Life sentence for teenager who plotted UK terror attack
A London teenager has been jailed for life and ordered to serve at least 13 years in prison today (3 August) for planning a terror attack in the UK. It came after her original goal of travelling to Syria to marry a Daesh fighter had been thwarted.
Safaa Boular, 18, was convicted on 4 June of plotting a terror attack in London following a trial at the Old Bailey. Her older sister, Rizlaine Boular, 22, their mother Mina Dich, 44, and Khawla Barghouthi, 21, a friend of Rizlaine’s all pleaded guilty to Terrorism Act offences at an earlier hearing.
The court heard how Safaa Boular had been chatting online to Naweed Hussain, a Daesh fighter based in Syria, for three months before they resolved to marry and have children. She was 16 when they first started speaking and had never met face-to-face.
Safaa Boular planned to join him in Syria to support his plans including carrying out a suicide attack while holding hands. Her older sister Rizlaine, who had also planned to travel to Syria, was sent £3,000 by Hussain to pay for the sisters’ travel arrangements.
Safaa Boular was stopped by police at Stansted Airport on 19 August 2016 after returning from a family holiday to Morocco. She admitted planning to travel to Syria to join Hussain but claimed they planned to live peacefully as a married couple. Both sisters had their passports confiscated and were released on bail.
Though not able to travel to Syria, Safaa Boular continued to chat to Hussain using an illicit mobile phone she kept hidden inside a cushion at her home. They plotted for her to carry out a terror attack using grenades – which she called “pineapples” - and firearms at the British Museum in central London.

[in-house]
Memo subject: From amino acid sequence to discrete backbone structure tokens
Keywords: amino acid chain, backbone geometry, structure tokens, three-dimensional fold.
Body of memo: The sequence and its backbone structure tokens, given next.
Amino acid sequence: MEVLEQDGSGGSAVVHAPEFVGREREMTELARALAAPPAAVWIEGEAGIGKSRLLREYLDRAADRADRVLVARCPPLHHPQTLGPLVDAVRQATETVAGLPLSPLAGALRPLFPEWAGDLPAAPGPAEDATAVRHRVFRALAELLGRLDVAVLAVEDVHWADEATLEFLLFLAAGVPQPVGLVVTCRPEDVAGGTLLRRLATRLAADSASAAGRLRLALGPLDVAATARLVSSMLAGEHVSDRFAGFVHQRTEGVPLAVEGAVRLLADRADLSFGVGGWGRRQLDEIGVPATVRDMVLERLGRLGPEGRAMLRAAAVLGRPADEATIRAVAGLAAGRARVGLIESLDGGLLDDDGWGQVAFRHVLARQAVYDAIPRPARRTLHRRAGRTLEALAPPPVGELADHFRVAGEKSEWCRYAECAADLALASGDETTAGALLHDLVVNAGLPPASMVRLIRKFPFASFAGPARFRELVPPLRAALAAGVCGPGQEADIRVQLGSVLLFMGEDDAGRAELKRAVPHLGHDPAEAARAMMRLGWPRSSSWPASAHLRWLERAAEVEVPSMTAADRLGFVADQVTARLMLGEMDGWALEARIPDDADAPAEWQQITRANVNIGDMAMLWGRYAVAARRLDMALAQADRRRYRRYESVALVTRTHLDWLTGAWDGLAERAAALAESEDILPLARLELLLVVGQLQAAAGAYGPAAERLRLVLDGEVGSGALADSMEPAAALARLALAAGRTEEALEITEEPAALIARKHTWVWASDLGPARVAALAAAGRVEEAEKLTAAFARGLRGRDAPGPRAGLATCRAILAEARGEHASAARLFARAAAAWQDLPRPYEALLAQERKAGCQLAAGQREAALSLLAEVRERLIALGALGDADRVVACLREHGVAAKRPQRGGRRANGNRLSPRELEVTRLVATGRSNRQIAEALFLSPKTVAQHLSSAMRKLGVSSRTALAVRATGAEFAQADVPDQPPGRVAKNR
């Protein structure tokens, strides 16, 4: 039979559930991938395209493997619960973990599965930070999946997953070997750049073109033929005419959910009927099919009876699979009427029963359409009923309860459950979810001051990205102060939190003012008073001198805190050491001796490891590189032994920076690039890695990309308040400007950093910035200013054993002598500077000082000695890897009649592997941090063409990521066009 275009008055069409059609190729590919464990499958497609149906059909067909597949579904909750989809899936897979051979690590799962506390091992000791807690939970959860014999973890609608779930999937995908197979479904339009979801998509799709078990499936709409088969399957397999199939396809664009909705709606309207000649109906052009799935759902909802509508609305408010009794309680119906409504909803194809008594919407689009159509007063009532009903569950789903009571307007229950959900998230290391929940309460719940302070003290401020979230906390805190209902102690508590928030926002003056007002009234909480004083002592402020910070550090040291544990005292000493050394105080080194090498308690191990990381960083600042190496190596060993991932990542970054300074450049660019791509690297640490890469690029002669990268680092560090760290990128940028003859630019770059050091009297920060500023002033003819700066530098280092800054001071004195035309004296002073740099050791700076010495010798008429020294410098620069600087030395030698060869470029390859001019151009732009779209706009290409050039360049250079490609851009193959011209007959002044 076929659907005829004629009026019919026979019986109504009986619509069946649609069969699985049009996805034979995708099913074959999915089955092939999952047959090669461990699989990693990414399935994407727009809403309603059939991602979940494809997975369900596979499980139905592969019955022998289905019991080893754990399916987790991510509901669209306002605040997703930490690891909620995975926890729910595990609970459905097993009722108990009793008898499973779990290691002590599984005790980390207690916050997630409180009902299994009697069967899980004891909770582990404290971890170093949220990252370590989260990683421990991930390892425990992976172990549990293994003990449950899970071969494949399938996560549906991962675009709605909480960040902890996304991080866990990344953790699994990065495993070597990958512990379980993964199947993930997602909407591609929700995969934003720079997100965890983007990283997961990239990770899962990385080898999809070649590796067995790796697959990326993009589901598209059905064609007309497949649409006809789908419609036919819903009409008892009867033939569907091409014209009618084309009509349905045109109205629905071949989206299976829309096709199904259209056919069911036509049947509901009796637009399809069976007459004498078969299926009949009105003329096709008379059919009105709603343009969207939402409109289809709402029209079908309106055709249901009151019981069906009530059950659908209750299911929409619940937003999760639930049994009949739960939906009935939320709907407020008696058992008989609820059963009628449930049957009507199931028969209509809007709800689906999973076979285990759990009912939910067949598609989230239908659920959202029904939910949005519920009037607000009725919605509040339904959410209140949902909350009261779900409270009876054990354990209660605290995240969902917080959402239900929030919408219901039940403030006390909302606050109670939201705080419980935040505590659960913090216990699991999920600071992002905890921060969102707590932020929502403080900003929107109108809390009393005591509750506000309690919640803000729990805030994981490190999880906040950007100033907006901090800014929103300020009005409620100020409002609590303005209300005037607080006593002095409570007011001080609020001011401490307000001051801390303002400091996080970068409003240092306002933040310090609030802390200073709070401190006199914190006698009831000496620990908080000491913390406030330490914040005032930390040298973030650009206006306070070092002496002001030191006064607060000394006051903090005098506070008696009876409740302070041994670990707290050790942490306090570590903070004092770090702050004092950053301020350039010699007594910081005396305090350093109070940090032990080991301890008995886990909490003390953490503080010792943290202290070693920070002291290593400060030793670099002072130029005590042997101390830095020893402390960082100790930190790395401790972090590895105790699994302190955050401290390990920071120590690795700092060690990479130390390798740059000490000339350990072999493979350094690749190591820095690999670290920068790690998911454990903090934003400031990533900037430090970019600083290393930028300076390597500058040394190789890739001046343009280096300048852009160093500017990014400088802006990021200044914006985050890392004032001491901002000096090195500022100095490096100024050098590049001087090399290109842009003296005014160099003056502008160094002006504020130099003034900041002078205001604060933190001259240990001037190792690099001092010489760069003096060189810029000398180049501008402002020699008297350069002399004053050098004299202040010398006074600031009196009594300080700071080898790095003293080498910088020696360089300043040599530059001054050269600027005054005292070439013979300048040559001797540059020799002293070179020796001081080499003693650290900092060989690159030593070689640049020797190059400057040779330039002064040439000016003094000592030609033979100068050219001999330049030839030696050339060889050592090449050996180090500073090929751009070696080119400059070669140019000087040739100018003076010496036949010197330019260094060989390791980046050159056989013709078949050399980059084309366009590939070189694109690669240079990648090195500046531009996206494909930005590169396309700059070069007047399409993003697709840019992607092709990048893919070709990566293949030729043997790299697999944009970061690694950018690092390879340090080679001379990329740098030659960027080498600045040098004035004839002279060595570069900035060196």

After Hussain was killed on 4 April 2017, Safaa Boular sent a message to a someone she regarded as a Daesh supporter saying “…grant me martyrdom for his sake….my heart yearns to…be reunited with my dear husband for the very first time”. She was comforted and encouraged by her mother and sister.
When Safaa Boular was charged and remanded in custody eight days later, her sister Rizlaine took forward the plans for a terrorist attack with the knowledge and support of Dich and Barghouthi. The women talked about planning a “party” on 27 April 2017 which the prosecution argued was a code word for terror attack.
On 25 April, Rizlaine Boular and Dich went on a reconnaissance mission around major landmarks in Westminster and on 26 April purchased a pack of knives and a rucksack. The three women were arrested on the evening of 27 April.
Rizlaine Boular, Dich and Barghouthi pleaded guilty to terrorism offences on 23 February 2018 at the Old Bailey.
On 15 June, Rizlaine Boular was sentenced to life, with a minimum term of 16 years and Mina Dich was given a sentence of six years and nine months. Khawla Barghouthi was jailed for 28 months on 22 June.
At the time of Safaa Boular's conviction, Sue Hemming, from the CPS, said: “Safaa Boular’s intention was to cause serious injury and death. She first planned to do this in Syria by detonating a suicide belt with her fiancé by her side.
“When she was prevented from travelling her focus switched to an attack on the British Museum where there would be a large crowd.
“Once Safaa was remanded in custody her sister Rizlaine Boular took forward the plan with the help of Mina Dich and Khwala Barghouthi.
“They all present a danger to the public.”
Notes to editors
- Safaa Boular (dob 29/03/2000) was charged with two counts of intending to commit acts of terrorism, or assisting another to commit such acts, contrary to section 5 of the Terrorism Act 2006. One count related to plans for an attack in Syria and the second to plan an attack in London.
- Rizlaine Boular (dob 06/01/1996) pleaded guilty intending to commit acts of terrorism, contrary to section 5(1)(a) of the Terrorism Act 2006.
- Mina Dich (dob 29/01/1974) pleaded guilty to assisting another person to commit an act of terrorism, contrary to section 5(1)(b) Terrorism Act 2006.
- Khawla Barghouthi (dob 13/02/1997) pleaded guilty to not disclosing information that could have assisted in securing the apprehension, prosecution or conviction of another person for an offence involving the commission, preparation or instigation of an act of terrorism, contrary to section 38B(1)(a) Terrorism Act 2000.
- Sue Hemming was the Head of the CPS Counter-Terrorism Division.